We were able to get out to Valley Forge before rush hour traffic and just before the visitor's center closed. Good thing, because it allowed us to get another stamp for our NPS passport. Before we got there, we stopped for lunch at the Shake Shack. Holy moley, that place is delish. I would say it is the eastern equivalent to In'n'Out, only way better. Plus they have a whole bunch of shake flavors, which made the kids pretty darn happy.

I am grateful we could go to Valley Forge. The name is appropriate because it is where farmers were forged into soldiers. To understand Valley Forge is to understand the terrain there. It is on a hill and easily fortified. At the opposite end of the visitor's center several miles away is the house where Washington had his headquarters. There is a park ranger there and you can tour the house, which has reproductions and period pieces. Once again, I was just awed to walk in General Washington's footsteps.

We packed up Wednesday and got on the road early so that we would have some time in New York City before we got to our hotel in the Boston area. We parked in Staten Island and took the free ferry to the city. It was seamless and worry-free. Plus we got a great view of the Statue of Liberty and Ellis Island. I had originally planned to take them to Ellis Island, but we canceled that plan because most of it is still closed because of Hurricane Sandy. But we still kept the Empire State Building on the agenda. The ticket price it very expensive, so I decided not to go up because we could save some money and I had already been. While they went up, I headed over to the NYC Public Library for the exhibit they had on children's literature. It was an enjoyable solo excursion that I am sure the rest of the crew was happy to miss. But once we reunited, we headed out to the ferry and our car again.

In the afternoon, we went to Coney Island. I had never been there before. We made sure to ride the Cyclone, a brain-rattling wooden roller coaster from 1927. It was fun and I hope to never ride it again. We had eaten pizza in the city and then opted for a hot dog snack at the original Nathan's on the boardwalk. And yes, the hot dog was yummy.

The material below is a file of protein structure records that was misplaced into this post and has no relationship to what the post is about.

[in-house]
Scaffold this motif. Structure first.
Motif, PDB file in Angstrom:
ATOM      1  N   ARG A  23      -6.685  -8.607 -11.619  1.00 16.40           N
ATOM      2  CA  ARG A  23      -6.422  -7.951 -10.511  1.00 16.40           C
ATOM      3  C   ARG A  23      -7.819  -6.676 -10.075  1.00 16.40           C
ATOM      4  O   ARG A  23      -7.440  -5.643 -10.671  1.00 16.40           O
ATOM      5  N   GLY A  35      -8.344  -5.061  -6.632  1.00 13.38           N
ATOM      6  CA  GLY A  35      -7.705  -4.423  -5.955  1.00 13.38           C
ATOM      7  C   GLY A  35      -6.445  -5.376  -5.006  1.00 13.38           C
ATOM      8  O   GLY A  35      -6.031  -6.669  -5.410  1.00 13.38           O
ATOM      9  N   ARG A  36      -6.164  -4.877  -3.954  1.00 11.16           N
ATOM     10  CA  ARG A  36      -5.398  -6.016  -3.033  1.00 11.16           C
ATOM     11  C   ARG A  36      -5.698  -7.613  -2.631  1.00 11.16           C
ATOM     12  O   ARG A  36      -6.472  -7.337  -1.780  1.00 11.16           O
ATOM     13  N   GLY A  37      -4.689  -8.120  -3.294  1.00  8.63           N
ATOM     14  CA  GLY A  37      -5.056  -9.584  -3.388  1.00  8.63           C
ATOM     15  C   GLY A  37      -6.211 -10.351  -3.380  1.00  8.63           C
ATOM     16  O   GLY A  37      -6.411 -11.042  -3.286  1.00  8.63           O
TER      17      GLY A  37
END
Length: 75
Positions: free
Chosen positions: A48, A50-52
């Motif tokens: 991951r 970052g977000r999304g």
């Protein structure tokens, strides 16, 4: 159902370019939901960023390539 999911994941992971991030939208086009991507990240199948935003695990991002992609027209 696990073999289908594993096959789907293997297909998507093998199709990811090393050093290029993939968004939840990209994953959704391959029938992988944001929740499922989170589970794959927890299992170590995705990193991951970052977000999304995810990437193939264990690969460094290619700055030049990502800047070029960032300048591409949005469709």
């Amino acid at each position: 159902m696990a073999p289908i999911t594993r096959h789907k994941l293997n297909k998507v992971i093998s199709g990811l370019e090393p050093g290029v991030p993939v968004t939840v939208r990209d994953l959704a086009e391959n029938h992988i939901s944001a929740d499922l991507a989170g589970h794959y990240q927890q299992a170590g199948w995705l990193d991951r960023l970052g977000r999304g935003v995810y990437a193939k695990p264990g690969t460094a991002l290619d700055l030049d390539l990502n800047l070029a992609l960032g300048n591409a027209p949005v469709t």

In the evening, we went to my cousin Lindsay's house in Brooklyn. The plan was for our boys to babysit her little ones and then the adults could go to dinner. Mission accomplished. We bought some mac and cheese, blueberries, juice boxes, and got the kids going and then we split.  Since it is their town, we had them choose the dinner location. They did a great job. We went to Giacomo's, an Italian place just around the corner. It was a darling restaurant and a wonderful time with them.

And can I just give a shout out to my cousin. She is the most amazing woman! And she has a blog if you want to check it out. Lindsay just gave birth to her fourth son. She lives in the craziest, busiest city in the world, their apartment is tiny as you would expect, her husband is the bishop, and some how or another she is keeping it all together. I mean, the laundromat is a block away people. She is definitely a tree growing in Brooklyn. And she has the most darling children. My boys were amazed at her oldest son Garrett. They couldn't believe how smart he his. Zach told me that he thought Garrett was a genius. But I was proud of my boys. When we got back, the kids were in bed, the apartment was quiet and Raef was finishing up the dishes. Way to go, boys!!

We actually made great time from Brooklyn to Boston. And on Wednesday, we went to the Plimouth Plantation, a living history center. They have a Wampanoag village and a Puritan village. The Wampanoag are actual Native Americans and a lot of them are descendants of the Wampanoags. They encourage the kids to ask lots of questions and learn stuff.